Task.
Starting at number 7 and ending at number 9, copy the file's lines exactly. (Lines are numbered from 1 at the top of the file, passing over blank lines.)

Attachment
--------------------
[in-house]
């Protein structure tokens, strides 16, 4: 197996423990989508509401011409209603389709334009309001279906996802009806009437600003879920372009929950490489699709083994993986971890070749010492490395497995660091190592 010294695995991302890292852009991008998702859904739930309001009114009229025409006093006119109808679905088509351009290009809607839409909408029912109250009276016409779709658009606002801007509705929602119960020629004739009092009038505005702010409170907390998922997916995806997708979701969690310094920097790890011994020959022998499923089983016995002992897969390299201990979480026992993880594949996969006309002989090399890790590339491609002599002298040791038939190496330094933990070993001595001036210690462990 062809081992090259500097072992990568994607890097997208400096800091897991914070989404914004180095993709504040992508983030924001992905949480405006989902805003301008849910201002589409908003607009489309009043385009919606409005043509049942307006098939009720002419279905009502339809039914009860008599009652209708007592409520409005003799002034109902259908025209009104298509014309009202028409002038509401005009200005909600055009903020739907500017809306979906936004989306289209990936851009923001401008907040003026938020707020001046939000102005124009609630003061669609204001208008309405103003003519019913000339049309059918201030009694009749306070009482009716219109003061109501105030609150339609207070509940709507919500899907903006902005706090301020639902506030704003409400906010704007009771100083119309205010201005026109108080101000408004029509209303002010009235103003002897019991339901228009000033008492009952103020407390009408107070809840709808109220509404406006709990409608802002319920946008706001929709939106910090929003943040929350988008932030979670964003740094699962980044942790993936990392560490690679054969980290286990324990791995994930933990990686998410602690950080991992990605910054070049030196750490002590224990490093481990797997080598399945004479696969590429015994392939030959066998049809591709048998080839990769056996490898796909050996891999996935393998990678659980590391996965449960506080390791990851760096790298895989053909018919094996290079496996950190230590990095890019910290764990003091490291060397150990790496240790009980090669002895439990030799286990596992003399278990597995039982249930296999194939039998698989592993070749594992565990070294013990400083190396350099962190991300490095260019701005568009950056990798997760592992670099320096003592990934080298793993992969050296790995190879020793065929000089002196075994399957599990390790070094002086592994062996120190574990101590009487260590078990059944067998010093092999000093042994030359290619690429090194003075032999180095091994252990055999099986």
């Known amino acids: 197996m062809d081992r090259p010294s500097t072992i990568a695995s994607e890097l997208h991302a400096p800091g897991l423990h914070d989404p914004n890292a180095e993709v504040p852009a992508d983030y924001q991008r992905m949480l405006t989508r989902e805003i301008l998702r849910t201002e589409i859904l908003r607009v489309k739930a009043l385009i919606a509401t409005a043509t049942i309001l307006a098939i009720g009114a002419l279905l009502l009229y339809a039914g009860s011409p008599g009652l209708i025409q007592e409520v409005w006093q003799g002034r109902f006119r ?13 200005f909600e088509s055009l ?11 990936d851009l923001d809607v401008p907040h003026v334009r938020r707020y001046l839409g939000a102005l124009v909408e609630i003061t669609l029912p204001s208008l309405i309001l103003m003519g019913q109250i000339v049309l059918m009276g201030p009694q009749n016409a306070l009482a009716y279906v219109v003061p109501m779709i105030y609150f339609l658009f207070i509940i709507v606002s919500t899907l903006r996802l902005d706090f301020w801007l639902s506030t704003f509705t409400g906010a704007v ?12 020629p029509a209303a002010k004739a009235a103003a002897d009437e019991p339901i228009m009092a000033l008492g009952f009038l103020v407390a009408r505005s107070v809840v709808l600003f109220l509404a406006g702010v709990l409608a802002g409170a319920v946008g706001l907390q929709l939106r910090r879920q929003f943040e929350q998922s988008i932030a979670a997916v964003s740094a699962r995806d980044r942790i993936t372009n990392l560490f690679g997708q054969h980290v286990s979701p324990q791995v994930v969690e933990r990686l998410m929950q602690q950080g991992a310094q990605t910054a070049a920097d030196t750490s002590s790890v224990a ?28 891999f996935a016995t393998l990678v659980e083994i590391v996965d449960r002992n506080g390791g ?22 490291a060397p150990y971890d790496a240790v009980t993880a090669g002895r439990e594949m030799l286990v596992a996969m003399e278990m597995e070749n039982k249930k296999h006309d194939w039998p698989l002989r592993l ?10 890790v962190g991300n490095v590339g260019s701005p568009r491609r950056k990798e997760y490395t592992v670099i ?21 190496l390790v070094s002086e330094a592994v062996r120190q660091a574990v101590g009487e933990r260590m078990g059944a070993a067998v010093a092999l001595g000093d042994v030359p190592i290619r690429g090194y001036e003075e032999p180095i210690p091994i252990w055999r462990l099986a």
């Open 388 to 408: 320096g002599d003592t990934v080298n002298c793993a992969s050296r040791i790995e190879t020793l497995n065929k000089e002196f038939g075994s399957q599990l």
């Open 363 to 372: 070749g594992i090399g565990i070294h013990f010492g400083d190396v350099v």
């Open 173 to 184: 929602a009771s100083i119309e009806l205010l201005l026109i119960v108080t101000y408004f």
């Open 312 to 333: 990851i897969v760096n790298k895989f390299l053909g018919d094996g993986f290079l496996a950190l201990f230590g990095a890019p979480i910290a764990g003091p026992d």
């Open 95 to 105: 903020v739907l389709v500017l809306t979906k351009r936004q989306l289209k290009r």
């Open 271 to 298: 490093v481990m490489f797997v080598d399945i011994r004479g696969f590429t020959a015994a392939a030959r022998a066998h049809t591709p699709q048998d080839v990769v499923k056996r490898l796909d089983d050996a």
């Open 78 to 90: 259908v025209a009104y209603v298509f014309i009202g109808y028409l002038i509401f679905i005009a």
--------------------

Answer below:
């Open 312 to 333: 990851i897969v760096n790298k895989f390299l053909g018919d094996g993986f290079l496996a950190l201990f230590g990095a890019p979480i910290a764990g003091p026992d």
């Open 95 to 105: 903020v739907l389709v500017l809306t979906k351009r936004q989306l289209k290009r």
């Open 271 to 298: 490093v481990m490489f797997v080598d399945i011994r004479g696969f590429t020959a015994a392939a030959r022998a066998h049809t591709p699709q048998d080839v990769v499923k056996r490898l796909d089983d050996a």